Sunday, December 11, 2005
Several years ago I found this great book on cartooning at a yard sale: Ed Emberley's Drawing Book of Faces. Its been handy in so many ways... I've used it as a teaching aid when I volunteer to teach cartooning at my kids' school. I've used it myself as a source of inspiration when designing characters.
But best of all, Simon has spent hours pouring through it and filled pages with characters either taken from the book or created based on the principles Emberley describes.
Here are just a few done on two sides of a single sheet.
I can see why Si glommed onto this book. Emberley's style is immediately appealing and the process he developed to create hundreds of variations using basic shapes is incredibly clever - yet impossibly simple! Any kid can create tons of fun character faces in minutes and I realized from looking back on these drawings that Si still keeps the principles he learned from this book in the back of his mind when he does his crazy creatures and freaky friends. We could all learn a lot from good ol' Ed Emberley!
A conversation over at The Retro Kid reminded me of Ed Emberley and one of the contributors over there kindly included this link to Emberley's website.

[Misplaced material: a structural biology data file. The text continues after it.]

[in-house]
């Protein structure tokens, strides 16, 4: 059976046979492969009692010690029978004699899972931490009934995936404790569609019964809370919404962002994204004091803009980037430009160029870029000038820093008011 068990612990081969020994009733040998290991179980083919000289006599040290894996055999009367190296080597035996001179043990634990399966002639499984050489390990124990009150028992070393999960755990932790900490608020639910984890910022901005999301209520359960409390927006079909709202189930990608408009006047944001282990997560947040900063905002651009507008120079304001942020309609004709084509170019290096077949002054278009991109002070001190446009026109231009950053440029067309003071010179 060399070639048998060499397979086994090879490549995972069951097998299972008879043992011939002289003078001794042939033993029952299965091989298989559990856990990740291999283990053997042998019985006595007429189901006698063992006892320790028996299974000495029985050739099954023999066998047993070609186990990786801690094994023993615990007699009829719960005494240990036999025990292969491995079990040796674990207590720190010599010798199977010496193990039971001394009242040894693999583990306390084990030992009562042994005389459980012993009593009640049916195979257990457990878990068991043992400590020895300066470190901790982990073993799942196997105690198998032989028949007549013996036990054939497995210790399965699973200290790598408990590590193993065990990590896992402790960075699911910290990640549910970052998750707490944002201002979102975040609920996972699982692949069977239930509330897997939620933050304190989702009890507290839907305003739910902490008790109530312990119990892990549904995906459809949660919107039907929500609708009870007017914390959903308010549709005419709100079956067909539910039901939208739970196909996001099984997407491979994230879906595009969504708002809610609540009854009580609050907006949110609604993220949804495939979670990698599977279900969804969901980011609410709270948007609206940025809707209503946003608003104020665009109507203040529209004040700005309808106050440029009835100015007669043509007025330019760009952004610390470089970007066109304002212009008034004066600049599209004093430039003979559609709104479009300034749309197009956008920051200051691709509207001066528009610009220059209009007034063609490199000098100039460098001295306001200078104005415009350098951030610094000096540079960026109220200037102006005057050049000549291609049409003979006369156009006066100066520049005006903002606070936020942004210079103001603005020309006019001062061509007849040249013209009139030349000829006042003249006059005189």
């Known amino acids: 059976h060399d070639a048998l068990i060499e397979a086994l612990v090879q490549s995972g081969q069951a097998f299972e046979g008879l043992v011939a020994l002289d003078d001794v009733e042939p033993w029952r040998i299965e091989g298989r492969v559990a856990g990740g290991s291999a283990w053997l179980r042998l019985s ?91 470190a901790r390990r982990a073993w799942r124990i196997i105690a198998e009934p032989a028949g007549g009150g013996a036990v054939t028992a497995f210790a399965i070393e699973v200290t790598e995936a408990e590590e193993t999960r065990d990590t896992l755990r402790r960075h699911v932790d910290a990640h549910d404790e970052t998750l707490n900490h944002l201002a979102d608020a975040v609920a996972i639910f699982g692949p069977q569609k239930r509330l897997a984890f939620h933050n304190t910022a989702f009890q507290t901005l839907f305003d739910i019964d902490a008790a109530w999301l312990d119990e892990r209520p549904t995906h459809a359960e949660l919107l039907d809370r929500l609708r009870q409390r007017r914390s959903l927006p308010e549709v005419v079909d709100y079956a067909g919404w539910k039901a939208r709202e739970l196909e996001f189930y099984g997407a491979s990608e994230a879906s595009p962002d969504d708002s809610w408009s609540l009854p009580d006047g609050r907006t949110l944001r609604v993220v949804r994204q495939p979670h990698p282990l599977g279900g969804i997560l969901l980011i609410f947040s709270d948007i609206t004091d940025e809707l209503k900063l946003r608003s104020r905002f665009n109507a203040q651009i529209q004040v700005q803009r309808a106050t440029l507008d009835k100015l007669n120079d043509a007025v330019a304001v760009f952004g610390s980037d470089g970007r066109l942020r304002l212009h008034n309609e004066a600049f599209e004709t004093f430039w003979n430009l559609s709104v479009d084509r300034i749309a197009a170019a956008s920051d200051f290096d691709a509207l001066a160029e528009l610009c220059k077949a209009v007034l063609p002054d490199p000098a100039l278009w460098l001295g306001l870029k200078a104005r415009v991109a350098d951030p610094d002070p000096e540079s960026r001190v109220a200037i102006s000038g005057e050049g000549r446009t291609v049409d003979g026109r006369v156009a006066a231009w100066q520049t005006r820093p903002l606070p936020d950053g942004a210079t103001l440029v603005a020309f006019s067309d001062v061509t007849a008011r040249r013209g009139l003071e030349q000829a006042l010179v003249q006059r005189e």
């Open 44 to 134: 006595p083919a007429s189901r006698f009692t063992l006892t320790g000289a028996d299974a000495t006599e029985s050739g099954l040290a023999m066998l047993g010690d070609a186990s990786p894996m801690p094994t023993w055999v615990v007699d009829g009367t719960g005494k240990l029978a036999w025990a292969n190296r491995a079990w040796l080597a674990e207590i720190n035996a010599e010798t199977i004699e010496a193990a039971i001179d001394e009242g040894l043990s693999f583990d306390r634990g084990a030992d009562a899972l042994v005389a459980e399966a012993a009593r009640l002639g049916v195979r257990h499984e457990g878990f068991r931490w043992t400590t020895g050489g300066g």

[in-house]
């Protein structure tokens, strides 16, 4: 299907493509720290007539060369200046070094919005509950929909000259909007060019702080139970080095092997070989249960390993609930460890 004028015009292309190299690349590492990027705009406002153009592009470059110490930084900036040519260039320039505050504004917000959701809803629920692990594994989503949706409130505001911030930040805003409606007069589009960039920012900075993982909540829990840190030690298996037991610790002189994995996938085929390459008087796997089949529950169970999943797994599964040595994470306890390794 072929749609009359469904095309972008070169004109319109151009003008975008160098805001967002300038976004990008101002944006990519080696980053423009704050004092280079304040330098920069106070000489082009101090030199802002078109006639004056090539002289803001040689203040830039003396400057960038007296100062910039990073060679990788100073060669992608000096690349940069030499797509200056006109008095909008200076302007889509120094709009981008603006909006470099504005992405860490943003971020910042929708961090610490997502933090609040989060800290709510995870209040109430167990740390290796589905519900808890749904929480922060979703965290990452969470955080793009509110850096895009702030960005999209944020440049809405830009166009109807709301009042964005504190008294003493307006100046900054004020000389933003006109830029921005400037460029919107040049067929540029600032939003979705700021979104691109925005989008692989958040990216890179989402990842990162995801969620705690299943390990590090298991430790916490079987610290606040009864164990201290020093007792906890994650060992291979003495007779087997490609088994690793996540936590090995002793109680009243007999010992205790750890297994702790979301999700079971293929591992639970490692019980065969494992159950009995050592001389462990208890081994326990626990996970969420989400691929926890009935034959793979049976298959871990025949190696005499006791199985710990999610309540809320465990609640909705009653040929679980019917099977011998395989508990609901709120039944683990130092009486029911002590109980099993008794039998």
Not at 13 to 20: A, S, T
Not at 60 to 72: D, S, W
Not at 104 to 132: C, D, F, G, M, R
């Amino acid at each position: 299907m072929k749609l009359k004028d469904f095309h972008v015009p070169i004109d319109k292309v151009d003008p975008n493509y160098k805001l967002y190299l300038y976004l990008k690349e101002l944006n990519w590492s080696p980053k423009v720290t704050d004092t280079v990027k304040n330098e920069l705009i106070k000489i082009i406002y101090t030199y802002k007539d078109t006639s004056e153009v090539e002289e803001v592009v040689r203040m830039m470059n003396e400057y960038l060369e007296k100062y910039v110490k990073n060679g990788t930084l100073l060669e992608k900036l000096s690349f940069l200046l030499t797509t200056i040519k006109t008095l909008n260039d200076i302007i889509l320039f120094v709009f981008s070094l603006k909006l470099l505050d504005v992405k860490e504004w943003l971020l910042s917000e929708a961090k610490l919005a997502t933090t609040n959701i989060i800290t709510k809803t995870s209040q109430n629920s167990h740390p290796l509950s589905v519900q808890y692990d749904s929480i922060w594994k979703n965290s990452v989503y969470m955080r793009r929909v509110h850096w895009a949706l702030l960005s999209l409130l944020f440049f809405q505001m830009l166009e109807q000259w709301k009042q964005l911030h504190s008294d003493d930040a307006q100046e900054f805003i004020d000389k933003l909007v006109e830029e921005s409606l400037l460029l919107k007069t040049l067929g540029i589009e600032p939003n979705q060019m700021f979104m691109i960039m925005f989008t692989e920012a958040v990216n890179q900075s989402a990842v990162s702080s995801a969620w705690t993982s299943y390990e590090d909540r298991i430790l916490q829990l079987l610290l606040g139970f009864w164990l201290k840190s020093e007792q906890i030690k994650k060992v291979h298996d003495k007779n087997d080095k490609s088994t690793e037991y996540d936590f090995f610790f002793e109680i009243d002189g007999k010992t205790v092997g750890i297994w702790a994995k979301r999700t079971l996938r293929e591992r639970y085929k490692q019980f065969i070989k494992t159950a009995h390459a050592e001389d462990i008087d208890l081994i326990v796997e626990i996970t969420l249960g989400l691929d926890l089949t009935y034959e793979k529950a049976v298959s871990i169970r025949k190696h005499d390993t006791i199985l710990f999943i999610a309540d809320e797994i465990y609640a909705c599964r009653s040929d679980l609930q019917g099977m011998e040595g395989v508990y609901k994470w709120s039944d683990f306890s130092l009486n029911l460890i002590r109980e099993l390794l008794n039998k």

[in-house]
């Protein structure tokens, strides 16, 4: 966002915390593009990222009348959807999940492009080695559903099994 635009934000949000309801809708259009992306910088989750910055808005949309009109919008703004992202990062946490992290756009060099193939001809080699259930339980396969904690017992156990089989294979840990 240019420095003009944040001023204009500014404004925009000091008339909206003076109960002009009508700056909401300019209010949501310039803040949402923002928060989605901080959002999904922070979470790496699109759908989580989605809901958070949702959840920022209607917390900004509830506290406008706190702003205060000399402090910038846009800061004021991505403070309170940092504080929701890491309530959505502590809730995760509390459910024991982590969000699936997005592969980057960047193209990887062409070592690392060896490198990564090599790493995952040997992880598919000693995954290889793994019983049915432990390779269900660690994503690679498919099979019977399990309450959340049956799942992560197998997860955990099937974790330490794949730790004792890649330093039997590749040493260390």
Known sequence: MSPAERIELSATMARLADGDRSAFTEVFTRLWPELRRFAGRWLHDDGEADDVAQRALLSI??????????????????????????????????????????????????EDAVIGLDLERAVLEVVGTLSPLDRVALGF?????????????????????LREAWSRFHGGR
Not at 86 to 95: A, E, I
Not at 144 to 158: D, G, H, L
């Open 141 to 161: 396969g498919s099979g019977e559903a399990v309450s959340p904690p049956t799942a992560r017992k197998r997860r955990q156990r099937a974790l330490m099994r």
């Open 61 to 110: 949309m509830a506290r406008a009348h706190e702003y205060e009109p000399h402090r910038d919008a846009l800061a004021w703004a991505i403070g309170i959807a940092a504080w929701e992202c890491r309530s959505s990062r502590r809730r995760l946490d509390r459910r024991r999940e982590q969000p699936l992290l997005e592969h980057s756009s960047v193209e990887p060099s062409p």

Sunday, December 04, 2005
When I first started experimenting with the kawaii style this was one of the first paintings I did - and of course Wendy fell in love with it... and of course I sold it at my show.
I'm a cad.
But I tried to make it up to her - I did a recreation for her birthday at a larger size, and set it up on an easel at the foot of the bed so she's see it when she woke up that morning.
Of course, she loved it. But every once in a while she'll say, "and there's my bluegirl... Leif sold it on me!" with that accusing tone, like I sold her favourite childhood doll, or our firstborn child.
Ya can't win! ;-)
What did I tell you? Once Si starts drawing a new character he attacks it like he's a character designer exploring this new guy until he completely understands him. Here's a random page I found laying around the house. There's Joe in the middle again and some funny, freaky friends. I love how Si's jokes are based on the irony of each character's situation: "Where'd he go?" asks the guy with nine eyes. "He's over there," says the little guy with no eyes!